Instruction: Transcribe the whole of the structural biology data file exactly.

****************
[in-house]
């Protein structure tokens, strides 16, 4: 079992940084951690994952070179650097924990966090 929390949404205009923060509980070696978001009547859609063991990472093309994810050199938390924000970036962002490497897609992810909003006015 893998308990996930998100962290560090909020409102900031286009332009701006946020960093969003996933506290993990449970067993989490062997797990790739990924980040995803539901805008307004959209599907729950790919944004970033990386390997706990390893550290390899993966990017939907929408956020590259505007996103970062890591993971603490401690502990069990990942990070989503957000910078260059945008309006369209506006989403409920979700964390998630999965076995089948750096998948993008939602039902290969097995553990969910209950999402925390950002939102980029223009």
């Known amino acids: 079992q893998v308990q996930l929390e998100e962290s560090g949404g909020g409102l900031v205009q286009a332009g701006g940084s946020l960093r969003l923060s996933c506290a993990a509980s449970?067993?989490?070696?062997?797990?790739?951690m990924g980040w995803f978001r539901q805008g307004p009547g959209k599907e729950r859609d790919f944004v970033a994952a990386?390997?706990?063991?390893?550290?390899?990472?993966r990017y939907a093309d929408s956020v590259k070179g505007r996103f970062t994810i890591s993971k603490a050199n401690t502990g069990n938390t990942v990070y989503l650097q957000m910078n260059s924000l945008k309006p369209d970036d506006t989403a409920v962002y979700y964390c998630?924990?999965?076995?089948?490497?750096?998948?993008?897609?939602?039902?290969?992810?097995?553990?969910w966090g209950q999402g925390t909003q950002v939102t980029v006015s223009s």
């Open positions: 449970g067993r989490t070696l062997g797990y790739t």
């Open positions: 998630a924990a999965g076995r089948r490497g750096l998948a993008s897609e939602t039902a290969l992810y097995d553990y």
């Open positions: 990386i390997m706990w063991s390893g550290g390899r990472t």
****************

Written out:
[in-house]
């Protein structure tokens, strides 16, 4: 079992940084951690994952070179650097924990966090 929390949404205009923060509980070696978001009547859609063991990472093309994810050199938390924000970036962002490497897609992810909003006015 893998308990996930998100962290560090909020409102900031286009332009701006946020960093969003996933506290993990449970067993989490062997797990790739990924980040995803539901805008307004959209599907729950790919944004970033990386390997706990390893550290390899993966990017939907929408956020590259505007996103970062890591993971603490401690502990069990990942990070989503957000910078260059945008309006369209506006989403409920979700964390998630999965076995089948750096998948993008939602039902290969097995553990969910209950999402925390950002939102980029223009």
């Known amino acids: 079992q893998v308990q996930l929390e998100e962290s560090g949404g909020g409102l900031v205009q286009a332009g701006g940084s946020l960093r969003l923060s996933c506290a993990a509980s449970?067993?989490?070696?062997?797990?790739?951690m990924g980040w995803f978001r539901q805008g307004p009547g959209k599907e729950r859609d790919f944004v970033a994952a990386?390997?706990?063991?390893?550290?390899?990472?993966r990017y939907a093309d929408s956020v590259k070179g505007r996103f970062t994810i890591s993971k603490a050199n401690t502990g069990n938390t990942v990070y989503l650097q957000m910078n260059s924000l945008k309006p369209d970036d506006t989403a409920v962002y979700y964390c998630?924990?999965?076995?089948?490497?750096?998948?993008?897609?939602?039902?290969?992810?097995?553990?969910w966090g209950q999402g925390t909003q950002v939102t980029v006015s223009s």
């Open positions: 449970g067993r989490t070696l062997g797990y790739t």
């Open positions: 998630a924990a999965g076995r089948r490497g750096l998948a993008s897609e939602t039902a290969l992810y097995d553990y």
């Open positions: 990386i390997m706990w063991s390893g550290g390899r990472t």